Historically, April 15 is tax day (although in 2011, it is April 18 )–the day taxes are due to the revenue departments.

State legislatures are dealing with budgets and Congress is trying to balance a  Federal budget.

Everywhere one looks, money is the issue–this is especially true in these recession ridden time.  How does all this relate to evaluation, you ask?  This is the topic for today’s blog.  How does money figure into evaluation.

Let’s start with the simple and move to the complex.  Everything costs–and although I’m talking about money, time, personnel, and resources  (like paper, staples, electricity, etc.)  must also be taken into consideration.

When we talk about evaluation, four terms typically come to mind:  efficacy, effectiveness, efficiency, and fidelity.

Efficiency is the term that addresses money or costs.  Was the program efficient in its use of resources?  That is the question asked addressing efficiency.

To answer that question, there are three (at least) approaches that are used to address this question:

  1. Cost  or cost analysis;
  2. Cost effectiveness analysis; and
  3. Cost-benefit analysis.

Simply then:

  1. Cost analysis is the number of dollars it takes to deliver the program, including salary of the individual(s) planning the program.
  2. Cost effectiveness analysis is a computation of the target outcomes in an appropriate unit in ratio to the costs.
  3. Cost-benefit analysis is also a ratio of the costs of outcomes to the benefits of the program measured in the same units, usually money.

How are these computed?

  1. Cost can be measured by how much the consumer is willing to pay.  Costs can be the value of each resource that is consumed in the implementation of the program.  Or cost analysis can be “measuring costs so they can be related to procedures and outcomes” (Yates, 1996, p. 25).   So you list the money spent to implement the program, including salaries, and that is a cost analysis.  Simple.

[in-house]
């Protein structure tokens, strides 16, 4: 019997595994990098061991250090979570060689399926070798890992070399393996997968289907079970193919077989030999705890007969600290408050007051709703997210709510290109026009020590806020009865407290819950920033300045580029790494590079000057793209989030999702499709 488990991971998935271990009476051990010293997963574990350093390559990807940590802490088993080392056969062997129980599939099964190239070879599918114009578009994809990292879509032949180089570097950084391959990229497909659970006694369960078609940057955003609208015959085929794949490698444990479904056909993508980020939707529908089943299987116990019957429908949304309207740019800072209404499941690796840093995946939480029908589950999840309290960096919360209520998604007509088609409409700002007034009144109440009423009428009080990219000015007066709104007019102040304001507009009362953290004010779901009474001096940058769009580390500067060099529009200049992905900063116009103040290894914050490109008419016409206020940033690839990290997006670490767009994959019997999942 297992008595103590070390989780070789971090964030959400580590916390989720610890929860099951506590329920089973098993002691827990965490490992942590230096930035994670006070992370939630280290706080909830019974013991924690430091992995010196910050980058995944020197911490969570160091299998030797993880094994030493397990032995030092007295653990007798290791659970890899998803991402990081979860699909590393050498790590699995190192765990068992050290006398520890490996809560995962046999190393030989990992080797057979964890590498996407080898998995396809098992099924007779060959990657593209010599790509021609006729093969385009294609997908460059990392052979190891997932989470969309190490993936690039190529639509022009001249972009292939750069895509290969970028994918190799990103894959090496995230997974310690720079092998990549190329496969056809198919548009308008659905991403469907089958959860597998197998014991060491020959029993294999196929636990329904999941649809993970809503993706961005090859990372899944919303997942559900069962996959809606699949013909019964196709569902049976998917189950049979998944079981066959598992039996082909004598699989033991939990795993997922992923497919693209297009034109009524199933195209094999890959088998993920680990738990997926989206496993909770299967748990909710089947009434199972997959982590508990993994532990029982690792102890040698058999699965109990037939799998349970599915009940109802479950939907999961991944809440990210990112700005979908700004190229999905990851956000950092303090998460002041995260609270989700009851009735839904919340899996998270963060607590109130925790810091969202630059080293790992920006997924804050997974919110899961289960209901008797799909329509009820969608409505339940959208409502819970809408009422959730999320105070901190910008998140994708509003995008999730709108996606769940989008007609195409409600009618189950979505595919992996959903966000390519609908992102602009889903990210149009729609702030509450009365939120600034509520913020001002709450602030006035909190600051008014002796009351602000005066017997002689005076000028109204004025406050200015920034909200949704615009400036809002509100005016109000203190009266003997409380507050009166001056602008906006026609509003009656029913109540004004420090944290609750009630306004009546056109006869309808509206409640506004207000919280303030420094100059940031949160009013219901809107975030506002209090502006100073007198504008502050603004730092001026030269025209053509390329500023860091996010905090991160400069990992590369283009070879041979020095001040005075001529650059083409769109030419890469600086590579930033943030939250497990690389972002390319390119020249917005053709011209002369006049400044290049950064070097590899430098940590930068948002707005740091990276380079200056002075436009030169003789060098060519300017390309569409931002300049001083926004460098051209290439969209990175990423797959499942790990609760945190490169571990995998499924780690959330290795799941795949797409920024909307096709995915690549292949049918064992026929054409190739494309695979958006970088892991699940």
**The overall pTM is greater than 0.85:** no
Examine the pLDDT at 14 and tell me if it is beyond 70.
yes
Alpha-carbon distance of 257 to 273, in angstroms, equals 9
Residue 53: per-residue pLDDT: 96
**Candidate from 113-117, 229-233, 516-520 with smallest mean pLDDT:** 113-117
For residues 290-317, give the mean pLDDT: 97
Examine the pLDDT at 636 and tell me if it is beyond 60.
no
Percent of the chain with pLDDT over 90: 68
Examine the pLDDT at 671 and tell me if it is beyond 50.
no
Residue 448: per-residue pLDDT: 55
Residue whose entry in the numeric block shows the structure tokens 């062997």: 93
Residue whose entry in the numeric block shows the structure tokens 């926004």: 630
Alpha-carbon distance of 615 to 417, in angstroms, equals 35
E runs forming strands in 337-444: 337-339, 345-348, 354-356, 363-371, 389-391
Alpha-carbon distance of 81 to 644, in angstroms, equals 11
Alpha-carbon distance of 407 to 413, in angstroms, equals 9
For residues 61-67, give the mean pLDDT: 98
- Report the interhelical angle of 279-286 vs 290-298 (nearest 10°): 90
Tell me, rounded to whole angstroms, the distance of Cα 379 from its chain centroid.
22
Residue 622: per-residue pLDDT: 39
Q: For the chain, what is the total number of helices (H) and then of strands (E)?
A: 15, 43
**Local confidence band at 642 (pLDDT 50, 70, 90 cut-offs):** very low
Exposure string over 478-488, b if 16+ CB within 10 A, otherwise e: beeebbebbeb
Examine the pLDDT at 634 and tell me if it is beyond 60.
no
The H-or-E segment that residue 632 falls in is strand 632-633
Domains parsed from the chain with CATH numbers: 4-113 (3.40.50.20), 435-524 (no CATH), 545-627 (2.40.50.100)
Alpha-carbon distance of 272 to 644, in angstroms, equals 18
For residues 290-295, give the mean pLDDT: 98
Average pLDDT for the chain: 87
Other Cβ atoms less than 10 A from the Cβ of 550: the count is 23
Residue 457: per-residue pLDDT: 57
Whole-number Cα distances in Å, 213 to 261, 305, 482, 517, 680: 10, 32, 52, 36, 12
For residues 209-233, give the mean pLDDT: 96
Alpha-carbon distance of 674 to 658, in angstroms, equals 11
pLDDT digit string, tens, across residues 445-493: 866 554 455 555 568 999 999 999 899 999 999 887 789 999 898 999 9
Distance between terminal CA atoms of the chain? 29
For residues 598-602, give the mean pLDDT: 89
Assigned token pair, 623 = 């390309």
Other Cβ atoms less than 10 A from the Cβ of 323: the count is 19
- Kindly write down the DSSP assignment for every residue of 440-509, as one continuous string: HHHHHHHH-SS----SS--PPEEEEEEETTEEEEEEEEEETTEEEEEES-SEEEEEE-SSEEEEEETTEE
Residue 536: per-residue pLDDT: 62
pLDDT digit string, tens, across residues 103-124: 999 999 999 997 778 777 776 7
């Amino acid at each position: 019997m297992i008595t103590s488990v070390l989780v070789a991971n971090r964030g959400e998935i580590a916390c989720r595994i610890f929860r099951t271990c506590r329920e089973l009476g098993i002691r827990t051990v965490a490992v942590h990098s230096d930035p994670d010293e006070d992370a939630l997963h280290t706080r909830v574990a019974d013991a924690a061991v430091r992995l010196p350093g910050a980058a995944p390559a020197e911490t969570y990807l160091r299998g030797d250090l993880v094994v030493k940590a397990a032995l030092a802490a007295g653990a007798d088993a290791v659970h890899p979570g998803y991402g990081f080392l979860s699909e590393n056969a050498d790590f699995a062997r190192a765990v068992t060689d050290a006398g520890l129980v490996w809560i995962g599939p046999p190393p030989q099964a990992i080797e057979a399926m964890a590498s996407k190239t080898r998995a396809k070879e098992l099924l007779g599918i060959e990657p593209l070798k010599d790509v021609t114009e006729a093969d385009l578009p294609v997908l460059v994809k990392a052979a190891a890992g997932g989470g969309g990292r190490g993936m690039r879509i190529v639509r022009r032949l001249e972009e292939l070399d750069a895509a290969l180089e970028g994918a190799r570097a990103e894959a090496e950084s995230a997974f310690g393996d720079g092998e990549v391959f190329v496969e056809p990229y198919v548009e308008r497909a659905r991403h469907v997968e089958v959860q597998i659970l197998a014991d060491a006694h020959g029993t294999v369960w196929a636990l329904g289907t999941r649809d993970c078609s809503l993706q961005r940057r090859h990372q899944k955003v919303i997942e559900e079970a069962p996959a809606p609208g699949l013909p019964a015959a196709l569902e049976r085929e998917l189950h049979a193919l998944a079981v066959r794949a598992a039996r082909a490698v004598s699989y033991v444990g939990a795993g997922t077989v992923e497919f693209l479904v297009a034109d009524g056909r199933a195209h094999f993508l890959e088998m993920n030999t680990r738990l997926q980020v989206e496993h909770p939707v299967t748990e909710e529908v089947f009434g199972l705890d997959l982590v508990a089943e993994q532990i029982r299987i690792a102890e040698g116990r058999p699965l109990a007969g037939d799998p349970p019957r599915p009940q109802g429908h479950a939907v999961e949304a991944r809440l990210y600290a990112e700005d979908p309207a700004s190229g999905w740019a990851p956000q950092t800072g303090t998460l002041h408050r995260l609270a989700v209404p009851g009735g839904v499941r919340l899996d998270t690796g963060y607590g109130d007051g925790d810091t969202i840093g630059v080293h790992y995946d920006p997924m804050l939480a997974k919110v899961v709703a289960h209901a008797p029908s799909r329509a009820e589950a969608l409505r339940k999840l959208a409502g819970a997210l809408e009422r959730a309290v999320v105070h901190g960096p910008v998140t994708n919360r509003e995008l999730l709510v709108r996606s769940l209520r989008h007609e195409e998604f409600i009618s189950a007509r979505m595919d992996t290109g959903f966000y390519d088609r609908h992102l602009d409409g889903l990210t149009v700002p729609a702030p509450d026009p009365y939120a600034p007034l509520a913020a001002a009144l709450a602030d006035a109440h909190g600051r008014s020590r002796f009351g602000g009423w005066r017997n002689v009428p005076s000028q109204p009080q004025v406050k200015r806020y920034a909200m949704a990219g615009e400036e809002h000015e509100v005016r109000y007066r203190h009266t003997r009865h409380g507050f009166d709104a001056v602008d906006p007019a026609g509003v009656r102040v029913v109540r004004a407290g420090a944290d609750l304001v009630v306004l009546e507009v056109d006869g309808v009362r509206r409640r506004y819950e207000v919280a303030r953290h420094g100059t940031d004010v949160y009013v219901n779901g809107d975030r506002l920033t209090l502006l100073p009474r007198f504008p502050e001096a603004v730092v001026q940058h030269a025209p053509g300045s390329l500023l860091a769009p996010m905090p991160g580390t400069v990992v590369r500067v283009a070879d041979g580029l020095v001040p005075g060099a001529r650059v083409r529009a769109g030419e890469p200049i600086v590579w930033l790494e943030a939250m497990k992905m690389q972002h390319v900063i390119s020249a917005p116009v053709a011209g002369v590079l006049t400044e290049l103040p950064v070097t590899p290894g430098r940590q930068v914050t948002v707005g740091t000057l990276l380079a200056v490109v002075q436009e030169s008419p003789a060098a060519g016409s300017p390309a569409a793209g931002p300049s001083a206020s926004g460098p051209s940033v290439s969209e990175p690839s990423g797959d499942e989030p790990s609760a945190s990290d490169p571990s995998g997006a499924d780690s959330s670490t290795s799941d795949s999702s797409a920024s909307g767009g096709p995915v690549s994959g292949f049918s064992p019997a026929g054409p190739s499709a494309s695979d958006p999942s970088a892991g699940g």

2. Cost effectiveness analysis says that there is some metric in which the outcomes are measured (number of times hands are washed during the day, for example) and that is put in ratio of the total costs of the program.  So movement from washing hands only once a day (a bare minimum) to washing hands at least six times a day would have the costs of the program (including salaries) divided by the changed number of times hands are washed a day (i.e., 5).  The resulting value is the cost-effectiveness analysis.  Complex.
  3. Cost-benefit analysis puts the outcomes in the same metric as the costs–in this case dollars.  The costs  (in dollars) of the program (including salaries) are put in ratio to the  outcomes (usually benefits) measured in dollars.  The challenge here is assigning a dollar amount to the outcomes.  How much is frequent hand washing worth? It is often measured in days saved from communicable/chronic/ acute  illnesses.  Computations of health days (reduction in days affected by chronic illness) is often difficult to value in dollars.  There is a whole body of literature in health economics for this topic, if you’re interested.  Complicated and complex.

Yates, B. T. (1996).  Analyzing costs, procedures, processes, and outcomes in human services.  Thousand Oaks, CA: Sage.

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